This story was updated on March 22, 2022 to include new products and information.
What's the best car wax? That depends on what you want for you and your vehicle. And that depends on the product attributes that you value in a car wax—and also on the age of your vehicle and the condition of its paint job. There are things car wax can do, and there are things car wax can’t do to improve your machine's gleam. Read on for, ahem, reflections on automotive shine—our thoughts on the best car wax for your ride.
Wax is a protective coating applied on to the top layer of paint, which on virtually all vehicles today is a clear coat. (Clear coat is exactly what the name implies: a coat of clear, hard paint.) A modern vehicle's finish is composed of three parts: base primer, a color coat, and clear coat. The quality of a vehicle's shine depends on the smoothness of the clear coat; the smoother the top layer of paint, the more it's like a mirror. The thin layer of car wax you apply helps fill tiny crevices in the paint that are caused by exposure to the elements and the spinning brushes at car washes. The best car waxes can also protect the clear coat from hazing, smears, stains, tiny scratches, tree sap, and bird droppings. But to be effective and long-lasting, car wax must be applied only on a perfectly clean vehicle.
Your Wax Choice Makes a Difference
There are three main kinds of car wax: spray-ons, liquids, and pastes. (We'll save popular ceramic coatings for another story; our friends at Road & Track explored it here.) The critical attributes of car wax to consider are gloss improvement, durability, ease of application, ease of removal, how well it cleans the paint surface, protection from UV rays, compatibility with plastics, and price.
Spray-on car wax is the easiest to apply and remove. However, spray-on car waxes do not clean deeply, are less weather-resistant, and generally have the poorest durability. That makes them best for new-car finishes, for quickie wax jobs, or detailing on vehicles that are washed and waxed frequently.
Liquid car waxes are better for older, higher-mileage cars that require more aggressive cleaning and sealing. (Some liquid car waxes also clean the finish.) These are usually good for gloss and durability. A number of liquids use carnauba wax, well-known for its high gloss and durability.
The last group is the paste waxes. We’ve found that they take more elbow grease to apply. Despite that, they don’t outperform the liquid car waxes in all attributes. As a group, they do have a reputation for slightly better durability; the shine lasts a little longer. A good rule of thumb is that protection provided by most waxes starts to wane after about five weeks. And most should be reapplied after two to three months.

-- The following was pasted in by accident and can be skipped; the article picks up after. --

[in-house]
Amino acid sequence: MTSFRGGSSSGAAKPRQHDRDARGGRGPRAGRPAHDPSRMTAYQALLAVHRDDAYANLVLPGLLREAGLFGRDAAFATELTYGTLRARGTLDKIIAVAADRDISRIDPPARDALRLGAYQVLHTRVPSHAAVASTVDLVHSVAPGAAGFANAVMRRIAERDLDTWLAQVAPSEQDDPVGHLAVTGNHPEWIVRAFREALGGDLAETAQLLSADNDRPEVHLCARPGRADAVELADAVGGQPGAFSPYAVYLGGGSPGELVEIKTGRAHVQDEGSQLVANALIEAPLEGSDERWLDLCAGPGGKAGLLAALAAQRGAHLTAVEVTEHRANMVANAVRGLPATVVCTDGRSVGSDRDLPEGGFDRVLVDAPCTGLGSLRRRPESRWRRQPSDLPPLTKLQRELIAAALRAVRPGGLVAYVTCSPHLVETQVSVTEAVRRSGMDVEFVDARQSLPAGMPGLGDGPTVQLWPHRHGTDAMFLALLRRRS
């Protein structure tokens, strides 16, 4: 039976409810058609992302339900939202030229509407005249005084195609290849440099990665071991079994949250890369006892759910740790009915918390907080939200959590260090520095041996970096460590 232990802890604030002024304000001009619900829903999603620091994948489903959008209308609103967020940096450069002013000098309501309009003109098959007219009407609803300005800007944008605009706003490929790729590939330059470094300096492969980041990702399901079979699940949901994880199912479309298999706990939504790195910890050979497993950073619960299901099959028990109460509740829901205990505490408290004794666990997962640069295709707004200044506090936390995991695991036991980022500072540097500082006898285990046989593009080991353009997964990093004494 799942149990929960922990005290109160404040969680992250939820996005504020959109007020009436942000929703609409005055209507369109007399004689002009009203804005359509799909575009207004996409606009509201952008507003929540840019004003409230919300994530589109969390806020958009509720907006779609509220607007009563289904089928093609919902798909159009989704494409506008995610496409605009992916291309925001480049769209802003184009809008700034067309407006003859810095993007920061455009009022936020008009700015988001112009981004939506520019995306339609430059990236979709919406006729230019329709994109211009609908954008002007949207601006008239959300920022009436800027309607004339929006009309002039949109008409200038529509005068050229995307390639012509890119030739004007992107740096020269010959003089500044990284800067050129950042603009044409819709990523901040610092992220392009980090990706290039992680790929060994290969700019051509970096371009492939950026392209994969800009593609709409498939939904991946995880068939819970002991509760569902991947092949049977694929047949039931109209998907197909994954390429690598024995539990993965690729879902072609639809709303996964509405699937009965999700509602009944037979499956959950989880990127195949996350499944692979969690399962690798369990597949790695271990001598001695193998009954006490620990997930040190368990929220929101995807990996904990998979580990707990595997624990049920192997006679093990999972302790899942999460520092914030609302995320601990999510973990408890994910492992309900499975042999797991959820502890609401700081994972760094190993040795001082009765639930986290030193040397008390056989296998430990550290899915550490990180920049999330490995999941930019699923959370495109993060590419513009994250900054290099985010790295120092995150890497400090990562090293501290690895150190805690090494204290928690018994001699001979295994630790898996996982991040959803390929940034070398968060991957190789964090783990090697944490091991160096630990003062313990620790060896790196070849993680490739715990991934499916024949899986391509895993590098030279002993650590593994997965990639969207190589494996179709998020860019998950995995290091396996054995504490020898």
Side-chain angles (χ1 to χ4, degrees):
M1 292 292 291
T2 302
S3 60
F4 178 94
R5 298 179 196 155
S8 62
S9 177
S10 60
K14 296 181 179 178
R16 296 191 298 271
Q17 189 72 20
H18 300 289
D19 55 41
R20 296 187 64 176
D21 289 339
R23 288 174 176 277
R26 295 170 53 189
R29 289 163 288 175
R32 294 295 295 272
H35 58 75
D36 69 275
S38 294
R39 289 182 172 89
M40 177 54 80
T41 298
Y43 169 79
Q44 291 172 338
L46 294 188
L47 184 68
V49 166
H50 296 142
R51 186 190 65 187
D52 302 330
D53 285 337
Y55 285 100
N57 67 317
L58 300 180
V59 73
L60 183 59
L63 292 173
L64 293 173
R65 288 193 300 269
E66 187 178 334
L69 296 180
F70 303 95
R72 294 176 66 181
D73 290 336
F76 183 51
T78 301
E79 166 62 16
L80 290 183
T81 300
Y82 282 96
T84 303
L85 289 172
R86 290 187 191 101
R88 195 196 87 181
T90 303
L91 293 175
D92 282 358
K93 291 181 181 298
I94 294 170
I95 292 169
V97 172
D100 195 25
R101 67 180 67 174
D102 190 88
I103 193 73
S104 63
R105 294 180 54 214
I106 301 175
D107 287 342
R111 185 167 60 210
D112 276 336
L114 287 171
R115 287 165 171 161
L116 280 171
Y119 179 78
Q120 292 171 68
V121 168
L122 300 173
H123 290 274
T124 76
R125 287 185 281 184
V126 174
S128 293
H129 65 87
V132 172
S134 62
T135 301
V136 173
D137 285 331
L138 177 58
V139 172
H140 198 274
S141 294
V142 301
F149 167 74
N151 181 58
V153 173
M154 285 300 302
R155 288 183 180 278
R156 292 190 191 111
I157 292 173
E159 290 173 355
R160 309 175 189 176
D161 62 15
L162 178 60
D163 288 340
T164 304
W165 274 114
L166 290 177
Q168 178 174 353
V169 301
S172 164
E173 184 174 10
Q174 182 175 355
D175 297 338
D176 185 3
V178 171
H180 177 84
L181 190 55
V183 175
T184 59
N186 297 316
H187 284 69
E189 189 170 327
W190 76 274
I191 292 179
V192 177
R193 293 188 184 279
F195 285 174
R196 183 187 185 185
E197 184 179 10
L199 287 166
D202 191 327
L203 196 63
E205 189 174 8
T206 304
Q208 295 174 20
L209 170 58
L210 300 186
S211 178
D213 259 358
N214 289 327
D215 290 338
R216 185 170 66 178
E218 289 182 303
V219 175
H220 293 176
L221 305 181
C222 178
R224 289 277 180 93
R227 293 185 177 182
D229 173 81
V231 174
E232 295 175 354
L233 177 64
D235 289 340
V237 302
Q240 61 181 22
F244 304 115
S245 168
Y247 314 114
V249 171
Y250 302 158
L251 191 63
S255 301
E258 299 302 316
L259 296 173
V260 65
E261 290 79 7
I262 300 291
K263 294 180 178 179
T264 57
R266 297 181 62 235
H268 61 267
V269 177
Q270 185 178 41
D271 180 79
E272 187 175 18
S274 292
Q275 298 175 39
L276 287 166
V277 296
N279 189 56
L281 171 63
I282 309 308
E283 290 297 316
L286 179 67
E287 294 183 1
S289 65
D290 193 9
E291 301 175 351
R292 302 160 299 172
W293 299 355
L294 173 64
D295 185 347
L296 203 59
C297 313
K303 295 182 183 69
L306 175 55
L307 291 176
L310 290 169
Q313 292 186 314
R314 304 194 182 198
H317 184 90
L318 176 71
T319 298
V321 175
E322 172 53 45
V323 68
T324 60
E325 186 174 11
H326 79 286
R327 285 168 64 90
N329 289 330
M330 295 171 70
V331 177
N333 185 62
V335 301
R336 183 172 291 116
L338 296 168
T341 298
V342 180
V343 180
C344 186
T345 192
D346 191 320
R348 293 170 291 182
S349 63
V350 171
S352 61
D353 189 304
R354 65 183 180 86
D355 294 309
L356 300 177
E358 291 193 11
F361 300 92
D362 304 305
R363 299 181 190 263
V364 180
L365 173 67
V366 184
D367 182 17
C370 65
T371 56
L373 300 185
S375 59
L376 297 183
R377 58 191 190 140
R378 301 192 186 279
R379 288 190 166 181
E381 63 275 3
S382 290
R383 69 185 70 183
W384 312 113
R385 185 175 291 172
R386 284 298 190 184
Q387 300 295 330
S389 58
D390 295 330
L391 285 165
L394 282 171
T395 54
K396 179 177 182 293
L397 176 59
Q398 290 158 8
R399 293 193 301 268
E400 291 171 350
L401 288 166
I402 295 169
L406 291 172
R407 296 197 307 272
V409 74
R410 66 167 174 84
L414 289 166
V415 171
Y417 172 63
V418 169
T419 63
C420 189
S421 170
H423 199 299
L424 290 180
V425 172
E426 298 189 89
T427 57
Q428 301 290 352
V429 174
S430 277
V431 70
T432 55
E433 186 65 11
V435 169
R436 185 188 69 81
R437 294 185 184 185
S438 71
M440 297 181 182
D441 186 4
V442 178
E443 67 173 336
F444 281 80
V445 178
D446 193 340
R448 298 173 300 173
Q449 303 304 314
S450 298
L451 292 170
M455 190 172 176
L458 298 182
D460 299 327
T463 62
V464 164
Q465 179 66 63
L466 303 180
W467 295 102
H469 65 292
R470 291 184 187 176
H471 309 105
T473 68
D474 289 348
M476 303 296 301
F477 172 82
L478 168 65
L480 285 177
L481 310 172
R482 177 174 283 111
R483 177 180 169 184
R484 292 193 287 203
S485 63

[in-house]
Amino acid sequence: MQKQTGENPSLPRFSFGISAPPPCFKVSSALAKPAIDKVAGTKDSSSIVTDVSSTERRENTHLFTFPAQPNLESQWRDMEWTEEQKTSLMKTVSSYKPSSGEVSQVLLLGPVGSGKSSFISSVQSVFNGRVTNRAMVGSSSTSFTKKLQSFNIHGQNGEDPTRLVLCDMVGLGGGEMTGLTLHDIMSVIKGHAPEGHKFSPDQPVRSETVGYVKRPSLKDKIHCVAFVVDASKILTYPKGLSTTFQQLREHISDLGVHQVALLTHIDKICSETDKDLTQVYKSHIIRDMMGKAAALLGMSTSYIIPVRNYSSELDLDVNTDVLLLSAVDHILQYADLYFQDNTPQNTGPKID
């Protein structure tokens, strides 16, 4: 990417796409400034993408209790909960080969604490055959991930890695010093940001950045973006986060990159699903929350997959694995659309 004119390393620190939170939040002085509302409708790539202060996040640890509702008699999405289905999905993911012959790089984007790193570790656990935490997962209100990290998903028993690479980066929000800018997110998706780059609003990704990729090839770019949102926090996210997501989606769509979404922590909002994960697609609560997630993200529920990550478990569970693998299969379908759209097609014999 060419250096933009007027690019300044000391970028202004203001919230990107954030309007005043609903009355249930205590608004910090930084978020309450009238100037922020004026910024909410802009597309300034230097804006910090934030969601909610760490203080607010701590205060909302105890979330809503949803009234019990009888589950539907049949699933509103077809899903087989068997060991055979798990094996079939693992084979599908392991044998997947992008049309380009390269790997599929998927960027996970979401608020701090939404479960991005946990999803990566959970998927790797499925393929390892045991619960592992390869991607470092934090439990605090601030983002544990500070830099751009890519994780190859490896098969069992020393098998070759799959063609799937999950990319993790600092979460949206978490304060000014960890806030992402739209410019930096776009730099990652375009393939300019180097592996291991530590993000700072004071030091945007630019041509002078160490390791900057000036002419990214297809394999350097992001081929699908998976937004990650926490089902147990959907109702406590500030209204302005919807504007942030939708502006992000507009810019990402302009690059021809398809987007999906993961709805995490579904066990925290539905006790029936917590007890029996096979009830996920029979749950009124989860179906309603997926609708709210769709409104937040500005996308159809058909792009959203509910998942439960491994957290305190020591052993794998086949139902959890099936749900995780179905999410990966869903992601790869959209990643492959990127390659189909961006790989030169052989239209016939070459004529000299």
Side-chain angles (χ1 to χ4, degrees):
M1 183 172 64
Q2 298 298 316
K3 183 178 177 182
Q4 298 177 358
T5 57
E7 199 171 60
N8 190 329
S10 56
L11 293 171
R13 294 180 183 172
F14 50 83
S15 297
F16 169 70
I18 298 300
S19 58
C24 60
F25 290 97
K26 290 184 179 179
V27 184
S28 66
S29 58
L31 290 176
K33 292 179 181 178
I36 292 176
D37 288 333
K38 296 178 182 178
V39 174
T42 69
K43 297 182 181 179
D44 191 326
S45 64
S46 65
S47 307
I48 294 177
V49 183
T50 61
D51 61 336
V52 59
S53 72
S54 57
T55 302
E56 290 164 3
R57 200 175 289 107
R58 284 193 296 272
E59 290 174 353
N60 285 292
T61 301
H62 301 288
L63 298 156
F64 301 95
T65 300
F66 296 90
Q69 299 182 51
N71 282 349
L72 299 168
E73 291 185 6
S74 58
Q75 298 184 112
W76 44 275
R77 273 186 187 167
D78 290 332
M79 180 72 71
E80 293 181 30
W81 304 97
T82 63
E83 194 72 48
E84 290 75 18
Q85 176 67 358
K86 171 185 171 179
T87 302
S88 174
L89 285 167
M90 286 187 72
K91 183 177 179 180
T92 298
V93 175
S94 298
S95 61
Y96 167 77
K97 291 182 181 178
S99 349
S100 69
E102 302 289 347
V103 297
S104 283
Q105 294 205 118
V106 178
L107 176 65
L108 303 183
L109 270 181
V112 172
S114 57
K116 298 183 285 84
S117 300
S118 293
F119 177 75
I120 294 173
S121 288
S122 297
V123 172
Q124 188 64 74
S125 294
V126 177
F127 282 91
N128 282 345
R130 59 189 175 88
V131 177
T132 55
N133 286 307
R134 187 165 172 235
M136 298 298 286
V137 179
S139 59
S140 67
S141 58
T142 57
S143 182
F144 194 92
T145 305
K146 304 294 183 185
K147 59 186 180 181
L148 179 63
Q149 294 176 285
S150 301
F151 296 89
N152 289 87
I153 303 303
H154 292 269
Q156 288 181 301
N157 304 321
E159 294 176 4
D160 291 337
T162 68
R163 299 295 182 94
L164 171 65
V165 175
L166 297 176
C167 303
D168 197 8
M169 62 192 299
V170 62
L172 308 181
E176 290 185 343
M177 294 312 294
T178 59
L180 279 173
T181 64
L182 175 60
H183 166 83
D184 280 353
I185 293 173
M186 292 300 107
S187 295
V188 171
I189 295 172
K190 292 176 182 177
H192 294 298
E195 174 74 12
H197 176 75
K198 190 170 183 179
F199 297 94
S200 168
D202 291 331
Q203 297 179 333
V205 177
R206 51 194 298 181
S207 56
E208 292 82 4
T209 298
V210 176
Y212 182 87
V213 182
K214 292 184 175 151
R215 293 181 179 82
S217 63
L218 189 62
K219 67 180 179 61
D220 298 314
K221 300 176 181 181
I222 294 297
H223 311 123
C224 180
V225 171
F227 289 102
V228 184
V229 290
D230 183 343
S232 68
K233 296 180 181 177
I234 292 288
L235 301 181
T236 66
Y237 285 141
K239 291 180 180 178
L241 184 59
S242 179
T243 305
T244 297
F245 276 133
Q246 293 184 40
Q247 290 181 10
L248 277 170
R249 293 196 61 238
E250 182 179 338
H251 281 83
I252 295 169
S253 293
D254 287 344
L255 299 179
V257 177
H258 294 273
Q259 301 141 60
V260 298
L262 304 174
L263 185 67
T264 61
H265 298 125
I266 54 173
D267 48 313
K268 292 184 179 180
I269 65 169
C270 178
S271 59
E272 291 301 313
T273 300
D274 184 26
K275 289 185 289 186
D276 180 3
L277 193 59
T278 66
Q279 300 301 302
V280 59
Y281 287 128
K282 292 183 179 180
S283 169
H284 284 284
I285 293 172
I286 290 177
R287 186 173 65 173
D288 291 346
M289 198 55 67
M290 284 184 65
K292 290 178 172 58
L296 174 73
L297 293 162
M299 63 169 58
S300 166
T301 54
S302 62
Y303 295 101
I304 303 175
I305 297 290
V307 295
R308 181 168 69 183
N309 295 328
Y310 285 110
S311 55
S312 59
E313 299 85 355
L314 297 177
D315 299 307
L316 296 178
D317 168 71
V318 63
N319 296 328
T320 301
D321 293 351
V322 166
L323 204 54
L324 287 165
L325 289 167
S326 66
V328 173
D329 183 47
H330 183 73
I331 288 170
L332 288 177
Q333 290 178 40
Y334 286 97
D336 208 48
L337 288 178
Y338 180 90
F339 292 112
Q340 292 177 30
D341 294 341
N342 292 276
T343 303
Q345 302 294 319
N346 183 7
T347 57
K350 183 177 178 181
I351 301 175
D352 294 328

(Note: We'll take a moment here to bring up ceramic coatings once again because they're very popular these days. While the ease of application and the resulting shine is undeniable, we haven't yet had the opportunity to test and review many ceramic coatings on our own. Stay tuned for that; in the meantime, you can read up on ceramics from our colleagues at Road & Track.)
What about cost? Our research indicates that that premium-price car waxes do not generally hold up any better than the lower-priced alternatives. And in some cases, the medium-price products outperform the more expensive brands, though the differences are not huge.
Our suggestion for the best car wax? Find a mid-priced, brand-name liquid car wax. We've assembled several of them below and included a good spray wax as well. If you want the ultimate show-car finish—especially if your vehicle is several years old and has been through many car washes—you should consider investing in a dual-action orbital buffer and applying polishing compound before waxing. Polishing out the swirl marks and tiny scratches before you wax—no matter what kind of car wax you choose—will deliver a more glossy show-car shine than any wax alone can generate. And using a buffer is simple and safe enough that even amateur detailers can get great results with one.
Preparation, patience, a sharp eye, and thoroughness are the most important factors in achieving a bright and lasting shine. Here are some prep tips for getting the best results from your chosen car wax:
- Do not wash the vehicle or apply car wax in direct sunlight if you can avoid it.
- Wash your car carefully from top to bottom with a soft cloth, soap, and lots of water.
- Decontaminate the paint with a chemical cleaner that removes road tar or stuck-on gunk.
- Use one of the brand-name clay-bar products to gently remove stains and smaller particles, leaving the paint surface smooth to the touch.
- If you're really particular, consider using an isopropyl alcohol (IPA) cleaner to remove any surface fillers or polishing oil. (It's a mix of 50 percent alcohol and 50 percent distilled water.)
- Your choice of wax can now be applied on the clean clear coat.
For most of us, a great wash and wax will be more than enough. But if you seek longer-life paint protection for your ride, you'll need to go beyond normal car waxes and investigate the latest ceramic coatings. These products chemically bond to your paint for unrivaled wax-like protection. With the proper application and care, your car can stay glossy and protected for 12-24 months. While the spray-on ceramic coatings are convenient, you want to use the hand-applied stuff for the best results. However, there is a lot of prep involved with ceramic coatings, so if you don't feel comfortable applying it yourself, contact a detailing pro.
Ready to wax your car? Here are some of the top-rated car waxes on the market, in a variety of forms.